If you're not happy, then ask yourself if you could improve the quality of your work by adding more structure to it, and never forget to have fun. Analyzing research data can be cumbersome and repetitive, but remember your role as an experience designer can have a positive impact on user's lives and that enjoying what you do will always lead to better results for your team.

¡Estoy en las noticias!

Gracias a esfuerzos colaborativos y a diversas presentaciones que hicimos de mi proyecto final, algunos medios de noticias hicieron notas sobre el trabajo del equipo de diseño. Para leerlas, pueden visitar el Portal de Investigación de la UCR, AmeliaRueda y CR Hoy

Estamos extremadamente agradecidos con los reporteros que tuvieron el interés de saber más sobre lo que hacemos, porque el diseño costarricense merece ser divulgado y porque es un verdadero orgullo para nosotros poder dar a conocer nuestras ideas.

¡Muchas gracias!

How I made it: My Identity

If you've visited my portfolio, you have probably seen a project entitled "My Identity". I created a brand for myself using a very basic (and rather recreational) form of Data Visualization. I took my first name and used a simple substitution method where A = 1, B = 2 and so forth.

Turning letters into numbers allowed me to have a (very small) data set with which to play:

int[] letters = { 1, 14, 21, 16, 14, 9, 16 }; //ANTONIO

I then read this post by the amazing Daniel Shiffman about converting polar coordinates to Cartesian ones and decided I would turn my dataset into a polar plot. I wanted to do this using parameters of course, (hence having my letters into an array) and then I created this function:

r = 0;
theta = radians(-90);
increment = TWO_PI/count; //the angular increment

void grid() {
  for (int i=0; i < count; i++) {
    float xPos = letters[i]*10 * cos(theta);  //rectangular to polar coords.
    float yPos = letters[i]*10 * sin(theta);
    positionsX[i] = xPos;
    positionsY[i] = yPos;
    theta+= increment;

The following step involved drawing these dots in the canvas and drawing lines connection each dot. This can be done in different ways. In Processing, one might chose to use PVector instead of line because it allows more control over the shapes, but since my final goal was to export the shape to Illustrator, I went with the good ol' line object.


void draw() {
  // Translate the origin point to the center of the screen
  translate(width/2, height/2);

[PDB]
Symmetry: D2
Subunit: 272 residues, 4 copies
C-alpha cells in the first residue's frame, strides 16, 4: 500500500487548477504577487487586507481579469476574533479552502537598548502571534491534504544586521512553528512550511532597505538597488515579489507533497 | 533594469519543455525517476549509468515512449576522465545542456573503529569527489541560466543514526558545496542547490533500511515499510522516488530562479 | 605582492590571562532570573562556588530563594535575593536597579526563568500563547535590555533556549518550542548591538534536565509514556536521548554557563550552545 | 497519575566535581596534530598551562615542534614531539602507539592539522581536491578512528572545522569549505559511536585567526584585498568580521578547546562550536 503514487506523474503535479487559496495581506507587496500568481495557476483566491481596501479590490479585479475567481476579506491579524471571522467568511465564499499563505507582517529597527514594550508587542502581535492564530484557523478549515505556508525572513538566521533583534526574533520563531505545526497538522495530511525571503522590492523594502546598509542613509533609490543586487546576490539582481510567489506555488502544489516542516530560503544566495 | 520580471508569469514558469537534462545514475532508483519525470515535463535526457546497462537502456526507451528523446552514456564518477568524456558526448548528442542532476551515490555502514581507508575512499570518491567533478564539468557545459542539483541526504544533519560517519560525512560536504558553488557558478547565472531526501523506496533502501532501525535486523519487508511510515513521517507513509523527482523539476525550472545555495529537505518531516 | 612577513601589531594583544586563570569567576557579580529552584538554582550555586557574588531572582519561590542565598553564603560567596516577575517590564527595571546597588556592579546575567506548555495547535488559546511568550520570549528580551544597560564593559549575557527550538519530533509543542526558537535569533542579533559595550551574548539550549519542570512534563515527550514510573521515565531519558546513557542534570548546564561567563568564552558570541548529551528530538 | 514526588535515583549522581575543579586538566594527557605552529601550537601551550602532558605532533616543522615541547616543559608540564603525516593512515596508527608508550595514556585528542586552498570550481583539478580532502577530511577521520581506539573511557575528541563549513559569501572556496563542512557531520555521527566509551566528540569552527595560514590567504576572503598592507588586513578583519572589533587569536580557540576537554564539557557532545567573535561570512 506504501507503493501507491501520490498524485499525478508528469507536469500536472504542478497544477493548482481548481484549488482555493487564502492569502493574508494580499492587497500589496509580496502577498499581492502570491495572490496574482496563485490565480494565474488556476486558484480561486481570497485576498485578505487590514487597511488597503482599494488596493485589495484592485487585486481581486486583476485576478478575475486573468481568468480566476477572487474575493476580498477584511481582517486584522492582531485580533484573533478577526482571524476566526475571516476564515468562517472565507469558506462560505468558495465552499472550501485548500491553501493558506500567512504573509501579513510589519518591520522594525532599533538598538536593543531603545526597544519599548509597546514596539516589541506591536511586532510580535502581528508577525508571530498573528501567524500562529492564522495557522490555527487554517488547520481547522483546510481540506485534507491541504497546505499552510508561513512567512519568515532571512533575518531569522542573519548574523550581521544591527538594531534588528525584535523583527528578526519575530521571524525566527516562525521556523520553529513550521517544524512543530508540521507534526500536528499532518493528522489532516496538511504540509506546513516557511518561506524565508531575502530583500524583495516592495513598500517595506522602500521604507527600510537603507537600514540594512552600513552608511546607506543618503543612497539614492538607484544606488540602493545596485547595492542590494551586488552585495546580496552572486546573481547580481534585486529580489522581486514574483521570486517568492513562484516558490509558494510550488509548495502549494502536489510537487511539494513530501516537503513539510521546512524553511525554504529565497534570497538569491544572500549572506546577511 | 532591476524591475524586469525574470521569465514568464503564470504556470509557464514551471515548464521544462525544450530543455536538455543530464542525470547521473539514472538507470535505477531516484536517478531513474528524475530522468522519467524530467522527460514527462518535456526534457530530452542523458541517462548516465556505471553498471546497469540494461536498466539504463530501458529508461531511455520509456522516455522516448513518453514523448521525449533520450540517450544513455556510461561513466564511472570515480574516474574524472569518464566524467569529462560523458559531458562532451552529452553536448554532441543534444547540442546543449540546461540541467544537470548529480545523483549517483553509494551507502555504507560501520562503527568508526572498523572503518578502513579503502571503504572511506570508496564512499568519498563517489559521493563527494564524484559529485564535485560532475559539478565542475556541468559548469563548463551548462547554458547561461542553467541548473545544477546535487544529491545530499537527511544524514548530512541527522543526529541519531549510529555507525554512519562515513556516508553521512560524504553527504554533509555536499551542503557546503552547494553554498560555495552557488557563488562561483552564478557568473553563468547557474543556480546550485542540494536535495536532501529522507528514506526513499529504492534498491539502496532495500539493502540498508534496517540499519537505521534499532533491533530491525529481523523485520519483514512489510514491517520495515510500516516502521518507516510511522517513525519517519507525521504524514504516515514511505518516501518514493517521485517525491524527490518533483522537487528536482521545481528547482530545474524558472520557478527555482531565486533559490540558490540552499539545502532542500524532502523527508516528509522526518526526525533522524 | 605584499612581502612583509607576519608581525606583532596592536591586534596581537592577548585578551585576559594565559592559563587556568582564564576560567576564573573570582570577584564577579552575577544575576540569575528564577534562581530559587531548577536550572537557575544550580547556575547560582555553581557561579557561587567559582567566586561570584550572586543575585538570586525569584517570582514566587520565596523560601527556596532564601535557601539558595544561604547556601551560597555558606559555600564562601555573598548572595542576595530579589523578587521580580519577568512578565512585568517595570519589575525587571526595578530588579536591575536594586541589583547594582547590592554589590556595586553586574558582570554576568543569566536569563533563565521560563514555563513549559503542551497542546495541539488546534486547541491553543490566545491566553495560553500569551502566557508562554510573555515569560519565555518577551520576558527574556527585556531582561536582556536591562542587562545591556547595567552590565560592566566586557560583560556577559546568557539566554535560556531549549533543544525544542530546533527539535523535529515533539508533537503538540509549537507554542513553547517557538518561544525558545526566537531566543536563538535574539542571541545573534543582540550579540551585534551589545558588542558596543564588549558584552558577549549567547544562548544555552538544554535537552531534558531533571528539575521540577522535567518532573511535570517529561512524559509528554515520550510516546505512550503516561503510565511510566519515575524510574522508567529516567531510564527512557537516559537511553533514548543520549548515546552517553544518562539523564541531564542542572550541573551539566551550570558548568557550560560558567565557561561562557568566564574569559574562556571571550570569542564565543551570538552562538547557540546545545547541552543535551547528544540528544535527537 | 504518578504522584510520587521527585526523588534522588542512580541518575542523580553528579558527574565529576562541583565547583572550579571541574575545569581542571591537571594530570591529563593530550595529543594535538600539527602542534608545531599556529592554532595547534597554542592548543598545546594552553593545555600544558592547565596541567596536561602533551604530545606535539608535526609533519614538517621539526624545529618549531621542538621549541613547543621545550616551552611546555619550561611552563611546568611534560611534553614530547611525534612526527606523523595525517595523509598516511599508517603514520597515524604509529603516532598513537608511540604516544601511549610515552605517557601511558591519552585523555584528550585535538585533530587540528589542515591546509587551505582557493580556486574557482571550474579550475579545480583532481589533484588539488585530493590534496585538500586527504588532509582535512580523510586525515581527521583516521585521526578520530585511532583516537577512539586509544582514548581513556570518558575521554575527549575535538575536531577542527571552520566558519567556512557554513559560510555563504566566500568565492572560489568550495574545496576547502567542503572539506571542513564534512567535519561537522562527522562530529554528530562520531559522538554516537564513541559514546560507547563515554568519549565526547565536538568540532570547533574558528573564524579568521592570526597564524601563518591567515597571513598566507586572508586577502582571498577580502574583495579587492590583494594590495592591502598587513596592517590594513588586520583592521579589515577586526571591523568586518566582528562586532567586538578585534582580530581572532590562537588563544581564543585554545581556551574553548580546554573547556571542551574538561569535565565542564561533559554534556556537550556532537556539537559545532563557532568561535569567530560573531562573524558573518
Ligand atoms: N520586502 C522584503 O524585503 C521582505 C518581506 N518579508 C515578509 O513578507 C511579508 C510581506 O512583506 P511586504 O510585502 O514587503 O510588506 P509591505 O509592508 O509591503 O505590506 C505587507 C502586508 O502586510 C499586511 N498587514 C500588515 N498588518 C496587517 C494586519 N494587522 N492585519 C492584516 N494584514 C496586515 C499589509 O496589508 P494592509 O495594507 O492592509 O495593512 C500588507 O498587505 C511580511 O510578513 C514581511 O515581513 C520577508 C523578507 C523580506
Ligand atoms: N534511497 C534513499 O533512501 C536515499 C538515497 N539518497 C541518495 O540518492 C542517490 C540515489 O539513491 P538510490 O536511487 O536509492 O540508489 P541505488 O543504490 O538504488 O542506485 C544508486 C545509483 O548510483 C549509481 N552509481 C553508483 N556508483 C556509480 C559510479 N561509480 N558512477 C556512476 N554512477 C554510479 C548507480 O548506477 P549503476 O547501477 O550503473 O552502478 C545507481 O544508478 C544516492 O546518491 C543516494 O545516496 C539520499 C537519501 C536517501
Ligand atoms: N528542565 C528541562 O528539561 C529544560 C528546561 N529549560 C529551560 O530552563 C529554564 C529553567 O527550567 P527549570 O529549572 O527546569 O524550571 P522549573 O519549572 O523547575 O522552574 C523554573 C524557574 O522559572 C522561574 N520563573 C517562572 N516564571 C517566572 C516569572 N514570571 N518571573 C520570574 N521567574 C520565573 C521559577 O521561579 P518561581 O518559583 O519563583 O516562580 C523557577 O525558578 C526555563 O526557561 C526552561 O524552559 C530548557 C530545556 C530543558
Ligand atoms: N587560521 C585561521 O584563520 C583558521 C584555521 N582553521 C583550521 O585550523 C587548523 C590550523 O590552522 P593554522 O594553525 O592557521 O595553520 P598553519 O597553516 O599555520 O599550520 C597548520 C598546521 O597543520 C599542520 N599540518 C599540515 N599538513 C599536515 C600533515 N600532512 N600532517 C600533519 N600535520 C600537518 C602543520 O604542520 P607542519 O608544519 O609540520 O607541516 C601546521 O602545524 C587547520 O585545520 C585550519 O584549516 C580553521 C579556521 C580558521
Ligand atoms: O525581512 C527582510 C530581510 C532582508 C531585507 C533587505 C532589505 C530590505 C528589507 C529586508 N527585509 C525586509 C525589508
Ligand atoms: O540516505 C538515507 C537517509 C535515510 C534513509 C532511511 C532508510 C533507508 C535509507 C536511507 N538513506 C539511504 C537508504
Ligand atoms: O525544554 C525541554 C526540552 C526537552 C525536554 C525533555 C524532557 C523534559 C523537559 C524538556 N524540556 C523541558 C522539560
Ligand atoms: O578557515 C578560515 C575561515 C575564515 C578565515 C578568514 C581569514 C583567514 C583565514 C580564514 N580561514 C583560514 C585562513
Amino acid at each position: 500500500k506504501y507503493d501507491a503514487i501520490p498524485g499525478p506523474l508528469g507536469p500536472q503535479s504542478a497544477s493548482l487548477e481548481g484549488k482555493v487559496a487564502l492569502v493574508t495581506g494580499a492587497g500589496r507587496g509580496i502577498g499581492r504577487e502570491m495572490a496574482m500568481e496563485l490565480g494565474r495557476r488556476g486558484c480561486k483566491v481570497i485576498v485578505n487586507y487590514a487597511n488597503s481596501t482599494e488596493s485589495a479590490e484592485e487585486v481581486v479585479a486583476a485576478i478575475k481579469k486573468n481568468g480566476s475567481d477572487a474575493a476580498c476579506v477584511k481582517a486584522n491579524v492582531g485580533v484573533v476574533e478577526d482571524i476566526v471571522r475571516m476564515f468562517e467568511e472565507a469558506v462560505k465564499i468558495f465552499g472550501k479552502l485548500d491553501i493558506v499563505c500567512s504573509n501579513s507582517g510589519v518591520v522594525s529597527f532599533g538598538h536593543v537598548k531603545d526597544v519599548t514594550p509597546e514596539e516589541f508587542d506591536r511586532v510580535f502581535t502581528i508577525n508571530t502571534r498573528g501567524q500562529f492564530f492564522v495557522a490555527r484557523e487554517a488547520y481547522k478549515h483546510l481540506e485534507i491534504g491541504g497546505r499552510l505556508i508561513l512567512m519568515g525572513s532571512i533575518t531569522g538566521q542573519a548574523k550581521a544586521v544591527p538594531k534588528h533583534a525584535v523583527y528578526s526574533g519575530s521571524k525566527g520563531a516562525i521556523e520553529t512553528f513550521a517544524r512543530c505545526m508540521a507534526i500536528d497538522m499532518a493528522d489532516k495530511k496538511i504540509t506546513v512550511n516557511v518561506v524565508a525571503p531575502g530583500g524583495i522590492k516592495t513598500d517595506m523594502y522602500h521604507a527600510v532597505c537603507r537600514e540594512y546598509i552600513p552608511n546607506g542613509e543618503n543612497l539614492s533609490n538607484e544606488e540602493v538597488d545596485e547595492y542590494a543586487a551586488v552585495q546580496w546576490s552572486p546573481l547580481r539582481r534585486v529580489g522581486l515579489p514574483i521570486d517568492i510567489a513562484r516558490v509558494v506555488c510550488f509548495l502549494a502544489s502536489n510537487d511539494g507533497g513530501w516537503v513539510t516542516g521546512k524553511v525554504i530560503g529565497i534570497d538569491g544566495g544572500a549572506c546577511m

//svg.beginDraw(); // And record this one

  // draw lines between all the nodes
  for (int i=0; i < count-1; i++) { //count-1 or else OutOfBounds!
    for (int a = 1; a < count; a++) {
      stroke(31, 112, 131, 90); //color code un RGBA
      line (positionsX [i], positionsY [i], positionsX[a], positionsY[a]);

  // draw ellipses in the posoition of the nodes
  for (int i=0; i < count; i++) {
    float xVal = positionsX [i];
    float yVal = positionsY [i];
    ellipse(xVal, yVal, 9, 9);

Finally, I used the free library P8gGraphicsSVG to export an SVG from Processing and edited it in Illustrator to my liking. I created a fluid identity, exploring form and meaning by selectively removing some of the lines that Processing had drawn. 

And that's about it. If you found this post interesting or would like to see more of the source code, please leave a comment or send me a message. I would me more than happy to hear from you!

Hello World

Risking having the most unoriginal title for my first post, I want to welcome you into my blog. The title is no accident for my work is oftentimes torn between physical and digital design and any programmer out there knows the joy of displaying for the first time those two words in their console's log.

I will be posting about my work, my thoughts on design, some detailed information about certain projects and any other ongoing activity that I find worthy of mentioning.

Most of my posts will be done in English because I would like to reach to as many people as possible, but I will write the occasional note in Spanish, too.

If you made it this far, thank you and do come back sometime soon.